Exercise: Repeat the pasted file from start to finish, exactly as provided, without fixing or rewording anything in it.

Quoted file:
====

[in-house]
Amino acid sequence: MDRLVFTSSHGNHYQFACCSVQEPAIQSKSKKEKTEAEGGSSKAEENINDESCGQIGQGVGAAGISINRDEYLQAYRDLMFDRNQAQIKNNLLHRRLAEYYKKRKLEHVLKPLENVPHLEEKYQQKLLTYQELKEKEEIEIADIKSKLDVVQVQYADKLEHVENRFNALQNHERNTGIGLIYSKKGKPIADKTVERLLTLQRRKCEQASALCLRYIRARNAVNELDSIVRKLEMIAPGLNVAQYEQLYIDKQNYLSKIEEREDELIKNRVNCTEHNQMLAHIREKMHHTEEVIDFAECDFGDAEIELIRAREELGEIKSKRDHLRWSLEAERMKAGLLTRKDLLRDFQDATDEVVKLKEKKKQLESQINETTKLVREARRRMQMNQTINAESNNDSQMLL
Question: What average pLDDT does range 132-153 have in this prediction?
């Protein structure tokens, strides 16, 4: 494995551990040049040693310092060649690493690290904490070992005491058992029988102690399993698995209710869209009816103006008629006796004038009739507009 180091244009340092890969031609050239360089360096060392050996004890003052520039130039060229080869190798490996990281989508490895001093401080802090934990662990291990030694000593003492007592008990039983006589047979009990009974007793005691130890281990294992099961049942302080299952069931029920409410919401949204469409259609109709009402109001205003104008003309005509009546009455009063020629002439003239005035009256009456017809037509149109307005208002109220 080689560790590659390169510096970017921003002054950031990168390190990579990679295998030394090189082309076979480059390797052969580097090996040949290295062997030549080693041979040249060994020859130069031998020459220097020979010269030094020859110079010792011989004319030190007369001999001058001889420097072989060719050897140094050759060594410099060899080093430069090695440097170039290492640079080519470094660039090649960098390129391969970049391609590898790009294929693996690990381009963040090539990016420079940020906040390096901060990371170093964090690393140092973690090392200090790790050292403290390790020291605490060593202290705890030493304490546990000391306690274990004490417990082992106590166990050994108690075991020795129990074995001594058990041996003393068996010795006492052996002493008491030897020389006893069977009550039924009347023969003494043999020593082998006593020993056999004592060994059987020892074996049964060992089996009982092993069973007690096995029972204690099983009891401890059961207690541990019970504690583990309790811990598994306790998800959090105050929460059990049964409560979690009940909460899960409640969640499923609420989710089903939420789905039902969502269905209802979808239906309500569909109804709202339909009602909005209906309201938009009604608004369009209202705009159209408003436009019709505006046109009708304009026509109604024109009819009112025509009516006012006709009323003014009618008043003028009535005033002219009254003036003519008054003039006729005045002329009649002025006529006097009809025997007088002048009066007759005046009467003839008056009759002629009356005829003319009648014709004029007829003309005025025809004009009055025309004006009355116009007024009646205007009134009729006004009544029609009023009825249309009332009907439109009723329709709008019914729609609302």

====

[in-house]
Amino acid sequence: MDRLVFTSSHGNHYQFACCSVQEPAIQSKSKKEKTEAEGGSSKAEENINDESCGQIGQGVGAAGISINRDEYLQAYRDLMFDRNQAQIKNNLLHRRLAEYYKKRKLEHVLKPLENVPHLEEKYQQKLLTYQELKEKEEIEIADIKSKLDVVQVQYADKLEHVENRFNALQNHERNTGIGLIYSKKGKPIADKTVERLLTLQRRKCEQASALCLRYIRARNAVNELDSIVRKLEMIAPGLNVAQYEQLYIDKQNYLSKIEEREDELIKNRVNCTEHNQMLAHIREKMHHTEEVIDFAECDFGDAEIELIRAREELGEIKSKRDHLRWSLEAERMKAGLLTRKDLLRDFQDATDEVVKLKEKKKQLESQINETTKLVREARRRMQMNQTINAESNNDSQMLL
Question: What average pLDDT does range 132-153 have in this prediction?
């Protein structure tokens, strides 16, 4: 494995551990040049040693310092060649690493690290904490070992005491058992029988102690399993698995209710869209009816103006008629006796004038009739507009 180091244009340092890969031609050239360089360096060392050996004890003052520039130039060229080869190798490996990281989508490895001093401080802090934990662990291990030694000593003492007592008990039983006589047979009990009974007793005691130890281990294992099961049942302080299952069931029920409410919401949204469409259609109709009402109001205003104008003309005509009546009455009063020629002439003239005035009256009456017809037509149109307005208002109220 080689560790590659390169510096970017921003002054950031990168390190990579990679295998030394090189082309076979480059390797052969580097090996040949290295062997030549080693041979040249060994020859130069031998020459220097020979010269030094020859110079010792011989004319030190007369001999001058001889420097072989060719050897140094050759060594410099060899080093430069090695440097170039290492640079080519470094660039090649960098390129391969970049391609590898790009294929693996690990381009963040090539990016420079940020906040390096901060990371170093964090690393140092973690090392200090790790050292403290390790020291605490060593202290705890030493304490546990000391306690274990004490417990082992106590166990050994108690075991020795129990074995001594058990041996003393068996010795006492052996002493008491030897020389006893069977009550039924009347023969003494043999020593082998006593020993056999004592060994059987020892074996049964060992089996009982092993069973007690096995029972204690099983009891401890059961207690541990019970504690583990309790811990598994306790998800959090105050929460059990049964409560979690009940909460899960409640969640499923609420989710089903939420789905039902969502269905209802979808239906309500569909109804709202339909009602909005209906309201938009009604608004369009209202705009159209408003436009019709505006046109009708304009026509109604024109009819009112025509009516006012006709009323003014009618008043003028009535005033002219009254003036003519008054003039006729005045002329009649002025006529006097009809025997007088002048009066007759005046009467003839008056009759002629009356005829003319009648014709004029007829003309005025025809004009009055025309004006009355116009007024009646205007009134009729006004009544029609009023009825249309009332009907439109009723329709709008019914729609609302």